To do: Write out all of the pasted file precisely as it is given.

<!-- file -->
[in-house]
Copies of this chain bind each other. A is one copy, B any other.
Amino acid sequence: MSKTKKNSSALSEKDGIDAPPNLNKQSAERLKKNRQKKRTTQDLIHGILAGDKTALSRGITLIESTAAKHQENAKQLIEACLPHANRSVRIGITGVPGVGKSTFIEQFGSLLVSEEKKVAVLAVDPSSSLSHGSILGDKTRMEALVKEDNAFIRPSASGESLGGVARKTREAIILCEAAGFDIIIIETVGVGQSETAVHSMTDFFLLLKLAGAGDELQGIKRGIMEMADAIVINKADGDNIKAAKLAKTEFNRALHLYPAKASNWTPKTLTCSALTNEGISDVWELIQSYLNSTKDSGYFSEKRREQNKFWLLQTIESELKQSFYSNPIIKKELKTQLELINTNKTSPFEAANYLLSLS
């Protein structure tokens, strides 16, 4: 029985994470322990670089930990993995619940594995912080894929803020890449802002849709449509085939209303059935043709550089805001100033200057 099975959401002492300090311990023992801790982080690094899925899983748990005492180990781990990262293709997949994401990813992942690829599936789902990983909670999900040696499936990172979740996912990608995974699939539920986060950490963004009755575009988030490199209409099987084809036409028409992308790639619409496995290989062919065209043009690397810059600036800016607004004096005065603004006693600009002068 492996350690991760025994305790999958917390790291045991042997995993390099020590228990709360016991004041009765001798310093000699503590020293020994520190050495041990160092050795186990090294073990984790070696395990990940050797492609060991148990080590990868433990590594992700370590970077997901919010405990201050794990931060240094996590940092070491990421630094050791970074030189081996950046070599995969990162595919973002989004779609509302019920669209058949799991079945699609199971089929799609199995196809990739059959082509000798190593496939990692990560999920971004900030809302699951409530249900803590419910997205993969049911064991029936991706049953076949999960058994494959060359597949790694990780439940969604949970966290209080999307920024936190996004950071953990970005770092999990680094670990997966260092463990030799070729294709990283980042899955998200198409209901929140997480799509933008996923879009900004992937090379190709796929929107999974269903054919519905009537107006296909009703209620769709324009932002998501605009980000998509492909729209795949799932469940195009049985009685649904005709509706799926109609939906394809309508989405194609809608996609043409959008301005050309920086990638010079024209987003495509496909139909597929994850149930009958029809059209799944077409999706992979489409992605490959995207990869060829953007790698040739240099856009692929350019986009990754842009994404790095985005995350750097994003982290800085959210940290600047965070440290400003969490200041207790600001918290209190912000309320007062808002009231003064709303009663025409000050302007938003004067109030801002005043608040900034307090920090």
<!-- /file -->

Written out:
[in-house]
Copies of this chain bind each other. A is one copy, B any other.
Amino acid sequence: MSKTKKNSSALSEKDGIDAPPNLNKQSAERLKKNRQKKRTTQDLIHGILAGDKTALSRGITLIESTAAKHQENAKQLIEACLPHANRSVRIGITGVPGVGKSTFIEQFGSLLVSEEKKVAVLAVDPSSSLSHGSILGDKTRMEALVKEDNAFIRPSASGESLGGVARKTREAIILCEAAGFDIIIIETVGVGQSETAVHSMTDFFLLLKLAGAGDELQGIKRGIMEMADAIVINKADGDNIKAAKLAKTEFNRALHLYPAKASNWTPKTLTCSALTNEGISDVWELIQSYLNSTKDSGYFSEKRREQNKFWLLQTIESELKQSFYSNPIIKKELKTQLELINTNKTSPFEAANYLLSLS
């Protein structure tokens, strides 16, 4: 029985994470322990670089930990993995619940594995912080894929803020890449802002849709449509085939209303059935043709550089805001100033200057 099975959401002492300090311990023992801790982080690094899925899983748990005492180990781990990262293709997949994401990813992942690829599936789902990983909670999900040696499936990172979740996912990608995974699939539920986060950490963004009755575009988030490199209409099987084809036409028409992308790639619409496995290989062919065209043009690397810059600036800016607004004096005065603004006693600009002068 492996350690991760025994305790999958917390790291045991042997995993390099020590228990709360016991004041009765001798310093000699503590020293020994520190050495041990160092050795186990090294073990984790070696395990990940050797492609060991148990080590990868433990590594992700370590970077997901919010405990201050794990931060240094996590940092070491990421630094050791970074030189081996950046070599995969990162595919973002989004779609509302019920669209058949799991079945699609199971089929799609199995196809990739059959082509000798190593496939990692990560999920971004900030809302699951409530249900803590419910997205993969049911064991029936991706049953076949999960058994494959060359597949790694990780439940969604949970966290209080999307920024936190996004950071953990970005770092999990680094670990997966260092463990030799070729294709990283980042899955998200198409209901929140997480799509933008996923879009900004992937090379190709796929929107999974269903054919519905009537107006296909009703209620769709324009932002998501605009980000998509492909729209795949799932469940195009049985009685649904005709509706799926109609939906394809309508989405194609809608996609043409959008301005050309920086990638010079024209987003495509496909139909597929994850149930009958029809059209799944077409999706992979489409992605490959995207990869060829953007790698040739240099856009692929350019986009990754842009994404790095985005995350750097994003982290800085959210940290600047965070440290400003969490200041207790600001918290209190912000309320007062808002009231003064709303009663025409000050302007938003004067109030801002005043608040900034307090920090």